Is geoengineering worth a second look?
Until recently, I was under the impression that scaling back carbon emissions 80% by 2050 might forestall the worst of effects of global warming. But with news like yesterday’s, with California up in flames, and with the Arctic ice cap shrunken to an all-time low, I’m beginning to wonder if we’ve already done so much damage that a technological fix might be necessary.
In today’s Times, Ken Caldeira, of the Global Ecology Department at Stanford makes his case:
If we could pour a five-gallon bucket’s worth of sulfate particles per second into the stratosphere, it might be enough to keep the earth from warming for 50 years. Tossing twice as much up there could protect us into the next century.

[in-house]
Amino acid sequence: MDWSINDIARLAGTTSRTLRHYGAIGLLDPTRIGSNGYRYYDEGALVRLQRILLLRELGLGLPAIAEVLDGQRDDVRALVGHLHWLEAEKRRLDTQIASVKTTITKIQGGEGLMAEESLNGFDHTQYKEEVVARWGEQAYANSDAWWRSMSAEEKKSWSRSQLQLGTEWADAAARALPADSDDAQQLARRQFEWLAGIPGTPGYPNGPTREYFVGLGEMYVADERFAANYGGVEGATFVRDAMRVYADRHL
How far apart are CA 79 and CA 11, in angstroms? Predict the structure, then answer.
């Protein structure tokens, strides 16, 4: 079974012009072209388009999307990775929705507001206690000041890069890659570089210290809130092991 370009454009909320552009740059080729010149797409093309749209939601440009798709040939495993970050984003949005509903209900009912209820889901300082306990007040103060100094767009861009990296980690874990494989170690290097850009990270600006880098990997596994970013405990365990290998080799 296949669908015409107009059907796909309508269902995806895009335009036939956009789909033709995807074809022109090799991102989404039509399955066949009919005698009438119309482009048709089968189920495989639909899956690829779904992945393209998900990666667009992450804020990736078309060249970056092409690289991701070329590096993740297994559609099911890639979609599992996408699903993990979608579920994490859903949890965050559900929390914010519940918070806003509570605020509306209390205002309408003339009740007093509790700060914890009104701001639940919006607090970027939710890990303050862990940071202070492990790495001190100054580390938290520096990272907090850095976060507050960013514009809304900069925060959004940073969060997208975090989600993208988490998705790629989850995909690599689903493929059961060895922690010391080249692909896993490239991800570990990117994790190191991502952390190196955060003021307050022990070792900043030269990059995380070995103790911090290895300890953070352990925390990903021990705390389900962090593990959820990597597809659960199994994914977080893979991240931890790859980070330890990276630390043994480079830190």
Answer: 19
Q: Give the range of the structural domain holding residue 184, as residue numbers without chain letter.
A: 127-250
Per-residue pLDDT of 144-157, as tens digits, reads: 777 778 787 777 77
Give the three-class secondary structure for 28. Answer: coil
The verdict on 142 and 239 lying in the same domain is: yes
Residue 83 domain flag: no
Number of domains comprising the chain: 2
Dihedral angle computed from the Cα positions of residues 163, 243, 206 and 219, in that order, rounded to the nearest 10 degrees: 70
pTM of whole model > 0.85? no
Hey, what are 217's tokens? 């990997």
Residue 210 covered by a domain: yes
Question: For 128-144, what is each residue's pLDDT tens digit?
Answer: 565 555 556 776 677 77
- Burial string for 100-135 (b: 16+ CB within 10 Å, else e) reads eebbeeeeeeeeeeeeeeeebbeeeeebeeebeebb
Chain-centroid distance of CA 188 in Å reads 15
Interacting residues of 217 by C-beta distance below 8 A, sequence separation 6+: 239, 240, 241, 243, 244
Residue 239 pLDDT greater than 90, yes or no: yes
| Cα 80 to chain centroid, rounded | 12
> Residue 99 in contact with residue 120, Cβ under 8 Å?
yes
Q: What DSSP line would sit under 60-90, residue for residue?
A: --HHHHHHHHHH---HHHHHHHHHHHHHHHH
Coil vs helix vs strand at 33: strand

Geoengineering has never received much love from environmentalists, and understandably so. Too often it just diverts attention from the core problem: that our fossil-fuel fed lifestyles are unsustainable. Surely, if we’re going to consider these types of projects at all, they must be one weapon among many in our arsenal. And Caldeira agrees:
This is not to say that we should give up trying to reduce greenhouse gas emissions. Ninety-nine percent of the $3 billion federal Climate Change Technology Program should still go toward developing climate-friendly energy systems. But 1 percent of that money could be put toward working out geoengineered climate fixes like sulfate particles in the atmosphere, and developing the understanding we need to ensure that they wouldn’t just make matters worse.
What do you think?